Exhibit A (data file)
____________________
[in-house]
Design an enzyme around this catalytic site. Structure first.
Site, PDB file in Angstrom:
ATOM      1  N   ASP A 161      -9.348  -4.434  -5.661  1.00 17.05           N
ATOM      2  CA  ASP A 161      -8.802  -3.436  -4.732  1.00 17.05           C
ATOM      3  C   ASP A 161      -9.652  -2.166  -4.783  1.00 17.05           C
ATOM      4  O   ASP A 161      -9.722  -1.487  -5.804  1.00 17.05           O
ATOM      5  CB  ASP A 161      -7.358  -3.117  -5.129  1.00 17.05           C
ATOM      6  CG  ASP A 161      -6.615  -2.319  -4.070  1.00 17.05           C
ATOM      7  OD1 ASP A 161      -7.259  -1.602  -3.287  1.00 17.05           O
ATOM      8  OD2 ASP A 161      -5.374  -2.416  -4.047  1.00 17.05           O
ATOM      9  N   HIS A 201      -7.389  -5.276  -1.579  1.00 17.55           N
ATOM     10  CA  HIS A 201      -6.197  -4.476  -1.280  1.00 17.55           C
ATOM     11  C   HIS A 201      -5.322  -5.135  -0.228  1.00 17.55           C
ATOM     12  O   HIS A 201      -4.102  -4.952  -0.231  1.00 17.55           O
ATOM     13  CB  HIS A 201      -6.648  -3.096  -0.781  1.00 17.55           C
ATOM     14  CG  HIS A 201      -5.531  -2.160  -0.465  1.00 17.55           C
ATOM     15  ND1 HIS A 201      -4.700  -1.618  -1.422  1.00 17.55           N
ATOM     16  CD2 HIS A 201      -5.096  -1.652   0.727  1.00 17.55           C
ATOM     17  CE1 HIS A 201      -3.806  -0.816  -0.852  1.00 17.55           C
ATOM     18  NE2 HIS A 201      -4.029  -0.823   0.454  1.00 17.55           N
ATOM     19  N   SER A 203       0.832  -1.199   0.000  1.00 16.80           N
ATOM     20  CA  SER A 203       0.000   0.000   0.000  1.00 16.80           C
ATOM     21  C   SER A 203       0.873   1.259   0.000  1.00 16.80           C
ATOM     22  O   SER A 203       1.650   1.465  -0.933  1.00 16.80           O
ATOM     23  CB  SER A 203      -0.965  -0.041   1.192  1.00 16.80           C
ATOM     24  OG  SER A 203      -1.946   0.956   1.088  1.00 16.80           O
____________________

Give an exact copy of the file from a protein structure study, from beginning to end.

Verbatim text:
[in-house]
Design an enzyme around this catalytic site. Structure first.
Site, PDB file in Angstrom:
ATOM      1  N   ASP A 161      -9.348  -4.434  -5.661  1.00 17.05           N
ATOM      2  CA  ASP A 161      -8.802  -3.436  -4.732  1.00 17.05           C
ATOM      3  C   ASP A 161      -9.652  -2.166  -4.783  1.00 17.05           C
ATOM      4  O   ASP A 161      -9.722  -1.487  -5.804  1.00 17.05           O
ATOM      5  CB  ASP A 161      -7.358  -3.117  -5.129  1.00 17.05           C
ATOM      6  CG  ASP A 161      -6.615  -2.319  -4.070  1.00 17.05           C
ATOM      7  OD1 ASP A 161      -7.259  -1.602  -3.287  1.00 17.05           O
ATOM      8  OD2 ASP A 161      -5.374  -2.416  -4.047  1.00 17.05           O
ATOM      9  N   HIS A 201      -7.389  -5.276  -1.579  1.00 17.55           N
ATOM     10  CA  HIS A 201      -6.197  -4.476  -1.280  1.00 17.55           C
ATOM     11  C   HIS A 201      -5.322  -5.135  -0.228  1.00 17.55           C
ATOM     12  O   HIS A 201      -4.102  -4.952  -0.231  1.00 17.55           O
ATOM     13  CB  HIS A 201      -6.648  -3.096  -0.781  1.00 17.55           C
ATOM     14  CG  HIS A 201      -5.531  -2.160  -0.465  1.00 17.55           C
ATOM     15  ND1 HIS A 201      -4.700  -1.618  -1.422  1.00 17.55           N
ATOM     16  CD2 HIS A 201      -5.096  -1.652   0.727  1.00 17.55           C
ATOM     17  CE1 HIS A 201      -3.806  -0.816  -0.852  1.00 17.55           C
ATOM     18  NE2 HIS A 201      -4.029  -0.823   0.454  1.00 17.55           N
ATOM     19  N   SER A 203       0.832  -1.199   0.000  1.00 16.80           N
ATOM     20  CA  SER A 203       0.000   0.000   0.000  1.00 16.80           C
ATOM     21  C   SER A 203       0.873   1.259   0.000  1.00 16.80           C
ATOM     22  O   SER A 203       1.650   1.465  -0.933  1.00 16.80           O
ATOM     23  CB  SER A 203      -0.965  -0.041   1.192  1.00 16.80           C
ATOM     24  OG  SER A 203      -1.946   0.956   1.088  1.00 16.80           O